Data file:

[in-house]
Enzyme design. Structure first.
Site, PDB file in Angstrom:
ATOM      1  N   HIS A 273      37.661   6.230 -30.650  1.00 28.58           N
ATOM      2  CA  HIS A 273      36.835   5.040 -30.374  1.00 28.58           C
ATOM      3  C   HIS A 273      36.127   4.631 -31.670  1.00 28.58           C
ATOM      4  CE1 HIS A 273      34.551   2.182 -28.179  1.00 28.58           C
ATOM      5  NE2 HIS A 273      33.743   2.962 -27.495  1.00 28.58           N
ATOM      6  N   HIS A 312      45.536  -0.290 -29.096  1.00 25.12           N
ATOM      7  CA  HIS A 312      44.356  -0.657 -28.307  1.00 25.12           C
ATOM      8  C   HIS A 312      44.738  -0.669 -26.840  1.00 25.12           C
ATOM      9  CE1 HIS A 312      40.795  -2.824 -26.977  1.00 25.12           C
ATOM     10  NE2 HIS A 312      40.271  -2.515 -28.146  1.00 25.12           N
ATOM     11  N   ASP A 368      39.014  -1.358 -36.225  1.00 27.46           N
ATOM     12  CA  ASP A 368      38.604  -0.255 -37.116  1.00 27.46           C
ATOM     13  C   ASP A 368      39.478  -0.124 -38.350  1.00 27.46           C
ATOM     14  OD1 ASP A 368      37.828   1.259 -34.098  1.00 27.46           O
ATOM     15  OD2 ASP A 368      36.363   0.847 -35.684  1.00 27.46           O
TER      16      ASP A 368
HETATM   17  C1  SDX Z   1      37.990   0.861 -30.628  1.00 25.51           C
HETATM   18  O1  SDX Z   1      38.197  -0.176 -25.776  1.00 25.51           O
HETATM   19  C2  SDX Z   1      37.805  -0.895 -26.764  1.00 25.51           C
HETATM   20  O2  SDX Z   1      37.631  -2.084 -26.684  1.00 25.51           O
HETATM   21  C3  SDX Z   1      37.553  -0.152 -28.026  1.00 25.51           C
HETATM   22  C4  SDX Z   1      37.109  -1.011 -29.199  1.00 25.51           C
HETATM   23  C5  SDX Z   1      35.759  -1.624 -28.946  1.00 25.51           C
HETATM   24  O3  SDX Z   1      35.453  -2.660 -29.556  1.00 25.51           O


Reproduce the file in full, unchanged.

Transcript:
[in-house]
Enzyme design. Structure first.
Site, PDB file in Angstrom:
ATOM      1  N   HIS A 273      37.661   6.230 -30.650  1.00 28.58           N
ATOM      2  CA  HIS A 273      36.835   5.040 -30.374  1.00 28.58           C
ATOM      3  C   HIS A 273      36.127   4.631 -31.670  1.00 28.58           C
ATOM      4  CE1 HIS A 273      34.551   2.182 -28.179  1.00 28.58           C
ATOM      5  NE2 HIS A 273      33.743   2.962 -27.495  1.00 28.58           N
ATOM      6  N   HIS A 312      45.536  -0.290 -29.096  1.00 25.12           N
ATOM      7  CA  HIS A 312      44.356  -0.657 -28.307  1.00 25.12           C
ATOM      8  C   HIS A 312      44.738  -0.669 -26.840  1.00 25.12           C
ATOM      9  CE1 HIS A 312      40.795  -2.824 -26.977  1.00 25.12           C
ATOM     10  NE2 HIS A 312      40.271  -2.515 -28.146  1.00 25.12           N
ATOM     11  N   ASP A 368      39.014  -1.358 -36.225  1.00 27.46           N
ATOM     12  CA  ASP A 368      38.604  -0.255 -37.116  1.00 27.46           C
ATOM     13  C   ASP A 368      39.478  -0.124 -38.350  1.00 27.46           C
ATOM     14  OD1 ASP A 368      37.828   1.259 -34.098  1.00 27.46           O
ATOM     15  OD2 ASP A 368      36.363   0.847 -35.684  1.00 27.46           O
TER      16      ASP A 368
HETATM   17  C1  SDX Z   1      37.990   0.861 -30.628  1.00 25.51           C
HETATM   18  O1  SDX Z   1      38.197  -0.176 -25.776  1.00 25.51           O
HETATM   19  C2  SDX Z   1      37.805  -0.895 -26.764  1.00 25.51           C
HETATM   20  O2  SDX Z   1      37.631  -2.084 -26.684  1.00 25.51           O
HETATM   21  C3  SDX Z   1      37.553  -0.152 -28.026  1.00 25.51           C
HETATM   22  C4  SDX Z   1      37.109  -1.011 -29.199  1.00 25.51           C
HETATM   23  C5  SDX Z   1      35.759  -1.624 -28.946  1.00 25.51           C
HETATM   24  O3  SDX Z   1      35.453  -2.660 -29.556  1.00 25.51           O